Melanoma that is found early (stages 0–II or localised melanoma) can generally be treated successfully with surgery. If the melanoma has spread to nearby lymph nodes or tissues (stage III or regional melanoma), treatment may also include removing lymph nodes and additional (adjuvant) treatments.
Your guide to best cancer care
A lot can happen in a hurry when you’re diagnosed with cancer. The guide to best cancer care for melanoma can help you make sense of what should happen. It will help you with what questions to ask your health professionals to make sure you receive the best care at every step.
Please note: work is currently underway to refresh the guide to best cancer care for melanoma.
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Surgery to remove the mole is the main treatment for early melanoma, and it can also be the only treatment you need.
Wide local excision
Even though the excision biopsy to diagnose melanoma often removes the melanoma, a doctor or surgeon may also do a procedure called wide local excision. This means removing more normal-looking skin from around the melanoma (wider margin), which reduces the risk of it coming back at that site.
A pathologist will check the tissue around the melanoma for cancer cells. If the sample doesn't contain any cancer cells, it is called a clear margin. If the margins aren't clear, you may need further surgery. Most people recover quickly after a wide local excision to remove a melanoma, but you will need to keep the wound clean.
Repairing the wound
Most people will be able to have the wound closed with stitches. You will have a scar, but this will become less noticeable with time.
If a large area of skin is removed, the wound may be too big to close with stitches. In this case, the surgeon may repair it using skin from another part of your body, which can be done in two ways:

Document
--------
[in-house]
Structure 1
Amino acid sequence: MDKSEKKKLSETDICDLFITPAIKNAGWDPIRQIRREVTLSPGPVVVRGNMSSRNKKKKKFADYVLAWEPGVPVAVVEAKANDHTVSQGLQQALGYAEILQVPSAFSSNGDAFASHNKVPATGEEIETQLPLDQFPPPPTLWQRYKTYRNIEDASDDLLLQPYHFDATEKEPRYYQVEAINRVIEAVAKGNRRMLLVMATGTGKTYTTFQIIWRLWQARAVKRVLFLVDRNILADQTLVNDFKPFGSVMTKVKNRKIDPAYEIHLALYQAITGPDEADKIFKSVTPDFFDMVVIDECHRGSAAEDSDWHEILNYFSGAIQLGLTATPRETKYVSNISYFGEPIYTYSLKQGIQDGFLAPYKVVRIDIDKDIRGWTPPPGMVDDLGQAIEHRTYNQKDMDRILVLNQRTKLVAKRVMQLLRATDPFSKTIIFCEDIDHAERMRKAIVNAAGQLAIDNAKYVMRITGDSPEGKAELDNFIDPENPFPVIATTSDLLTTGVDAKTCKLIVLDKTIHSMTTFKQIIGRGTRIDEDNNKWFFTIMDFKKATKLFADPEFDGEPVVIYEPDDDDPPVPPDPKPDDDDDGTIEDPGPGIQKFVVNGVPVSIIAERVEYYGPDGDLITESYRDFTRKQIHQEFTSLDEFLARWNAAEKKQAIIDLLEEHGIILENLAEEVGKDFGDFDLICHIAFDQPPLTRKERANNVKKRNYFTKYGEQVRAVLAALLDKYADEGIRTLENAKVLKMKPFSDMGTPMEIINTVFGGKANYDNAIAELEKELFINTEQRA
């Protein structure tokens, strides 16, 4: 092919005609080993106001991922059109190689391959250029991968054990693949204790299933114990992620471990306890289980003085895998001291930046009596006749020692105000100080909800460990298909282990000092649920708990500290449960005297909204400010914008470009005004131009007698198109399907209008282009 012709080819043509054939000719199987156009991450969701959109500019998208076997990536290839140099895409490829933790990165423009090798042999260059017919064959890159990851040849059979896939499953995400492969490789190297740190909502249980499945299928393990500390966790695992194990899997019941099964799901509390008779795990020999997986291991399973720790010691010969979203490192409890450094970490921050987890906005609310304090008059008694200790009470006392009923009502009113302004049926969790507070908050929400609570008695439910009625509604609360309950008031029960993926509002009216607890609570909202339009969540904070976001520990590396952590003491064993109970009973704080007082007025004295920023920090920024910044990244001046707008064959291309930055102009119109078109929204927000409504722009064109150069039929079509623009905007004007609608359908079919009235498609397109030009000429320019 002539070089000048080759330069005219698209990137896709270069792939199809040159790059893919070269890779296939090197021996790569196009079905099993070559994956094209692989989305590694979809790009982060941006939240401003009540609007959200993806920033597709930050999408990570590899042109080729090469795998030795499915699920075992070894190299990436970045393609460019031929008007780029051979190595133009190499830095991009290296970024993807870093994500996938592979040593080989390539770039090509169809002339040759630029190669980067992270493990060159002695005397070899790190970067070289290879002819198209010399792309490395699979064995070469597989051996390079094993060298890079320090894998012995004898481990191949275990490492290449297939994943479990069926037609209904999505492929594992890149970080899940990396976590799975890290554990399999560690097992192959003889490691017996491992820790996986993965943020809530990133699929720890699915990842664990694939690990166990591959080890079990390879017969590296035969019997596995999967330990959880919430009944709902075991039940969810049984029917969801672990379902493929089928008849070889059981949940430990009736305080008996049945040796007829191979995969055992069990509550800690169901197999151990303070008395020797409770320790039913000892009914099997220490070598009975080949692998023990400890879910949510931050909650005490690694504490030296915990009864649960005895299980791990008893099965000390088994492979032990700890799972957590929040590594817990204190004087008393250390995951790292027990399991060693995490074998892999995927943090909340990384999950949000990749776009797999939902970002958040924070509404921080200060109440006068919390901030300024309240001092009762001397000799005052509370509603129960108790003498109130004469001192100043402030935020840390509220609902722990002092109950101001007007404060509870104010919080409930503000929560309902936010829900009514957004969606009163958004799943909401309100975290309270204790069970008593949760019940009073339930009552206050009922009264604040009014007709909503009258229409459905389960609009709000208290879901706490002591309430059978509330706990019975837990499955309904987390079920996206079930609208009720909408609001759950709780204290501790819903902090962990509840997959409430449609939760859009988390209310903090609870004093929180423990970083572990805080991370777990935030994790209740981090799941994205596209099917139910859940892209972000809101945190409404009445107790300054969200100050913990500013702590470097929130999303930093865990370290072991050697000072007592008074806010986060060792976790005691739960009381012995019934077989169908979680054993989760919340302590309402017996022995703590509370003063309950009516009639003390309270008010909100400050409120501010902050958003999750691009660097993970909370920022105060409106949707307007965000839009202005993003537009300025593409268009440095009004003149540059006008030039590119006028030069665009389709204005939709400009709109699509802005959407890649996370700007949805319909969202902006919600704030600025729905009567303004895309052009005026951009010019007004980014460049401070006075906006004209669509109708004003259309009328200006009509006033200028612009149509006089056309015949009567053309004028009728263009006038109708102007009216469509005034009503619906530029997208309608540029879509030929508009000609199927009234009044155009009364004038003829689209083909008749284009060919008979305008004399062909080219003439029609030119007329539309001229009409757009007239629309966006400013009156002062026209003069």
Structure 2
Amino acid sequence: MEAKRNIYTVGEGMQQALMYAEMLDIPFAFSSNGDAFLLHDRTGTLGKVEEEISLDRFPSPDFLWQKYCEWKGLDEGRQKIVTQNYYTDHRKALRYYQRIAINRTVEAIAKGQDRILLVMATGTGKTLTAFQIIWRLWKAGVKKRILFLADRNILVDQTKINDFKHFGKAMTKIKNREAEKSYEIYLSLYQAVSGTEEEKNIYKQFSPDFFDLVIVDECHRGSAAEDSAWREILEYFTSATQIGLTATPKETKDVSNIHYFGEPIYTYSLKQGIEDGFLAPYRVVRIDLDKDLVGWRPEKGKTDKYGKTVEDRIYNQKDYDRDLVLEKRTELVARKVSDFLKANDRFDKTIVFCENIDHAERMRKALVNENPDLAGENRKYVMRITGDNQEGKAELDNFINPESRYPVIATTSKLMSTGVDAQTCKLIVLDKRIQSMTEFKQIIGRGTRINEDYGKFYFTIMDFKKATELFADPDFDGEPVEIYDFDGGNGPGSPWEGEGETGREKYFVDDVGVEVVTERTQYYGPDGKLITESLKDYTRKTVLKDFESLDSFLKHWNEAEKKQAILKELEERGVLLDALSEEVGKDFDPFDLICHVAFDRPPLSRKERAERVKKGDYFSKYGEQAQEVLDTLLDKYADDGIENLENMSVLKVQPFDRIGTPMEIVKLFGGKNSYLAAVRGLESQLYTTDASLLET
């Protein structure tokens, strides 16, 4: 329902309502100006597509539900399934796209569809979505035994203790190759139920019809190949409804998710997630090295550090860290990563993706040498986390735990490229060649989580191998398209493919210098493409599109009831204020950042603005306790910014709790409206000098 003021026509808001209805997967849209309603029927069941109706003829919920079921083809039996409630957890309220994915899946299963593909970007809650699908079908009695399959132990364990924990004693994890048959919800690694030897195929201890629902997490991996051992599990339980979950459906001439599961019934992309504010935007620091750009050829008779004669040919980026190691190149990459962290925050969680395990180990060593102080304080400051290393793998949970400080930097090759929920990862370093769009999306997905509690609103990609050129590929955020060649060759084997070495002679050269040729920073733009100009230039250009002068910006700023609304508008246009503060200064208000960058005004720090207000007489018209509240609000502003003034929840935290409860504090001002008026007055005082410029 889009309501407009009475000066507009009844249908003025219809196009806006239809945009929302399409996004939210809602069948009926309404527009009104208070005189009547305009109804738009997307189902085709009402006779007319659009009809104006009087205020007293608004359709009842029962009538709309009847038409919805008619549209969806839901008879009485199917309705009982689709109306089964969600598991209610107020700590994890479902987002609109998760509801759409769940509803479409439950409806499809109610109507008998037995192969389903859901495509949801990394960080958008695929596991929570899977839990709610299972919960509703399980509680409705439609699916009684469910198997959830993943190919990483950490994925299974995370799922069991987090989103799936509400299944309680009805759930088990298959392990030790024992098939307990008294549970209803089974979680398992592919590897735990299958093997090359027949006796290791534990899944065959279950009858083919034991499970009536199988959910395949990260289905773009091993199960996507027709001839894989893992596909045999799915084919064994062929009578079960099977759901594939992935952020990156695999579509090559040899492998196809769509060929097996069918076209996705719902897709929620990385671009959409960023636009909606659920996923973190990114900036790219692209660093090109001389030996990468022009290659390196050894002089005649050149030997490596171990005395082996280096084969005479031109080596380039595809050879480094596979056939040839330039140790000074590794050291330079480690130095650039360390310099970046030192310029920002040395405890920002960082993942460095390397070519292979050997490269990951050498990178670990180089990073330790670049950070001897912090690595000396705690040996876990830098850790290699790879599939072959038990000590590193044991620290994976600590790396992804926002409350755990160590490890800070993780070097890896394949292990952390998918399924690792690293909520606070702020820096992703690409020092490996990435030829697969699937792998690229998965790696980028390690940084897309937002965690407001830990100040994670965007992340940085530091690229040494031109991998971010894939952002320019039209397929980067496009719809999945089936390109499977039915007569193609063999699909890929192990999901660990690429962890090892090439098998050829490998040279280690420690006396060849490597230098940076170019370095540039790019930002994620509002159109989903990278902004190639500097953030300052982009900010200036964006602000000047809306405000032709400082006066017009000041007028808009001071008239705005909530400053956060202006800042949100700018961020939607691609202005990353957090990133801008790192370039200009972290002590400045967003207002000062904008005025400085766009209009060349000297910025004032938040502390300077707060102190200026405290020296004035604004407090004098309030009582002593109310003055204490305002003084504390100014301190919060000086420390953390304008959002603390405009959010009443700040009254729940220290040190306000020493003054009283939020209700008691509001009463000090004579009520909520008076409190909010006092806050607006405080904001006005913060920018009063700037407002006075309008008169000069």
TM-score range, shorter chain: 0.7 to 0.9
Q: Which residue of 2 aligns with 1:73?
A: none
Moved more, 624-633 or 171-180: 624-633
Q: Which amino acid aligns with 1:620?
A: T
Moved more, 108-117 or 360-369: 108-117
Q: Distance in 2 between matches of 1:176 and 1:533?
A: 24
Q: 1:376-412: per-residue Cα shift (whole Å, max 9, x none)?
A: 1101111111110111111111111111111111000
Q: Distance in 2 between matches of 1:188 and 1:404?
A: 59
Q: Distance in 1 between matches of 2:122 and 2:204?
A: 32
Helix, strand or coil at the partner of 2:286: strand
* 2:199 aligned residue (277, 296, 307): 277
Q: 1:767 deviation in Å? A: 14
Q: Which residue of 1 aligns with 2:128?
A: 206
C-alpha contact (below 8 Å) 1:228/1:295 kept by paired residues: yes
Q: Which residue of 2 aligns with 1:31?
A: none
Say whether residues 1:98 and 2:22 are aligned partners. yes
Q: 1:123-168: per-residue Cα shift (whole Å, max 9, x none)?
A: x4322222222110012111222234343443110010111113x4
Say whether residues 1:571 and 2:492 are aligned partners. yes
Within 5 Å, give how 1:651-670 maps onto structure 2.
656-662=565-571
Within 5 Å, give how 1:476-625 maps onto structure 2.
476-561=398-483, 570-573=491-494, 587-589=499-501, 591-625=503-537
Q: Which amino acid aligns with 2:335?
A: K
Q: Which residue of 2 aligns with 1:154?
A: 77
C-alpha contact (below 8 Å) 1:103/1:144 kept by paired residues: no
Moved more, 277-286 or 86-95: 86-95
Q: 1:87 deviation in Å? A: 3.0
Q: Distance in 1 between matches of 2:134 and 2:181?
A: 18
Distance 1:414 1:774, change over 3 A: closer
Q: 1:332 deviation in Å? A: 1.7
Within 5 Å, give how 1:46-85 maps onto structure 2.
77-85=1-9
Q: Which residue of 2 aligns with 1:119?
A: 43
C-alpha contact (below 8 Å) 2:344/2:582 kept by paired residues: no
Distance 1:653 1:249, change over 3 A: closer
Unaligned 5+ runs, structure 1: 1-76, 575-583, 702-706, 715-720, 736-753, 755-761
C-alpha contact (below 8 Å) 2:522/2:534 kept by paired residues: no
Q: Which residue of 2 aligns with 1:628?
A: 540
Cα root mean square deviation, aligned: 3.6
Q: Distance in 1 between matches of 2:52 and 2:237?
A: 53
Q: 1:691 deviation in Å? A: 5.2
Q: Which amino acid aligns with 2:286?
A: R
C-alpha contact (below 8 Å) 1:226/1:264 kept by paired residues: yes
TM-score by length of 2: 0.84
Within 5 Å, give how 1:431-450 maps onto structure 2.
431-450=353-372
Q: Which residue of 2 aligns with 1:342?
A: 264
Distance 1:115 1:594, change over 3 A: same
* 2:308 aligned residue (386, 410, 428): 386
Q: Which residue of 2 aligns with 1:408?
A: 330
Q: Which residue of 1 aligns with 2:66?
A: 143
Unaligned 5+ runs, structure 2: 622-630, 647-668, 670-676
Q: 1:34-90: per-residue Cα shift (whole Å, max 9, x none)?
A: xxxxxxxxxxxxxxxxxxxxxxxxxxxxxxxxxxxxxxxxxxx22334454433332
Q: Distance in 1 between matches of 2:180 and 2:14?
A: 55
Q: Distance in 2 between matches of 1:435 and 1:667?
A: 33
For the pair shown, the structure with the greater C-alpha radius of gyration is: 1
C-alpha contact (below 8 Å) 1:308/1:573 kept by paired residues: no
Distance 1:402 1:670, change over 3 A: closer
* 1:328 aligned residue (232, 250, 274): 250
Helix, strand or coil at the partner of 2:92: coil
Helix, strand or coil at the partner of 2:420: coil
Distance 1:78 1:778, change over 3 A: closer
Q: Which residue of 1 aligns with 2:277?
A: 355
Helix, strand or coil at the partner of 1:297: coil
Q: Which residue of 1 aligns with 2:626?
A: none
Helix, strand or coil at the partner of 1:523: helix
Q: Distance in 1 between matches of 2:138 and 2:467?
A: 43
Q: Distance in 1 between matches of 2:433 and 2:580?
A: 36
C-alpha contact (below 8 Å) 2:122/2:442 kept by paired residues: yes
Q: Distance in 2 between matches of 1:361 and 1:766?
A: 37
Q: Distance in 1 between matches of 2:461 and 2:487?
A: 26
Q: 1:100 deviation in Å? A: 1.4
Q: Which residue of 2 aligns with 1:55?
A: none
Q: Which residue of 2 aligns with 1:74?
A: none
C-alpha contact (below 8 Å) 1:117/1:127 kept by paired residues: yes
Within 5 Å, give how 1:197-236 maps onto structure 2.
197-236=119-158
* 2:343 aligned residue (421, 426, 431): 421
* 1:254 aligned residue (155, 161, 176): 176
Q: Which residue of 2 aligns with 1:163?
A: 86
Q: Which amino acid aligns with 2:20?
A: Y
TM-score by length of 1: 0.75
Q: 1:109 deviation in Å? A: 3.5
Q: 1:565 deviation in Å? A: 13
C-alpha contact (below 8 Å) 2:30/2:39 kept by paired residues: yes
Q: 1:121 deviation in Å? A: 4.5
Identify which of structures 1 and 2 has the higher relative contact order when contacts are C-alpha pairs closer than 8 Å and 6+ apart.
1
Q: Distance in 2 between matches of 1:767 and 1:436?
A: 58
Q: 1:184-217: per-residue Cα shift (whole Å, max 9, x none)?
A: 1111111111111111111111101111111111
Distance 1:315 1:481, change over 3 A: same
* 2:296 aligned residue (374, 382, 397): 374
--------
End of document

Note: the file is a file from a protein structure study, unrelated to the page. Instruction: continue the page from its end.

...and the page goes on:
- Skin flap – nearby skin and fatty tissue are lifted and moved over the wound from the edges and stitched.
- Skin graft – a layer of skin is taken from another part of your body (usually the thigh or neck) and placed over the area where the melanoma was removed.
The decision about whether to do a skin flap or graft will depend on many factors, such as where the melanoma is, how much tissue has been removed and your general health. In either case, the wound will be covered with a dressing. After several days, it will be checked to see if the wound is healing properly. If you had a skin graft, you will also have dressings on any area that had skin removed.
Surgery for melanoma often leaves a scar, which will usually fade with time. You may worry about how the scar looks, especially if it’s on your face. Various cosmetics, hairstyles and clothing can help cover scarring.
Look Good Feel Better is a national program that helps people manage the appearance related effects of cancer treatment.
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Removing lymph nodes
Many people with early melanoma will not need to have any lymph nodes removed.
In some cases, you may have a sentinel lymph node biopsy at the same time as the wide local excision. This removes the first lymph node that melanoma may have spread to. If melanoma is found, you will have regular imaging scans to check that it has not come back or spread. You may also be offered drug therapy to reduce the risk of the melanoma returning.
Occasionally, melanoma may spread to lymph nodes and cause lumps that your doctor can feel during a physical examination. If a fine needle biopsy confirms that a lymph node contains melanoma, that group of lymph nodes may be removed in an operation called a lymph node dissection or lymphadenectomy. This is performed under a general anaesthetic and requires a longer stay in hospital.
Side effects of lymph node dissection
Having your lymph nodes removed can cause side effects, such as:
- Wound pain – Most people will have some pain after the operation, which usually improves as the wound heals. For some people, the pain may be ongoing, especially if lymph nodes were removed from the neck.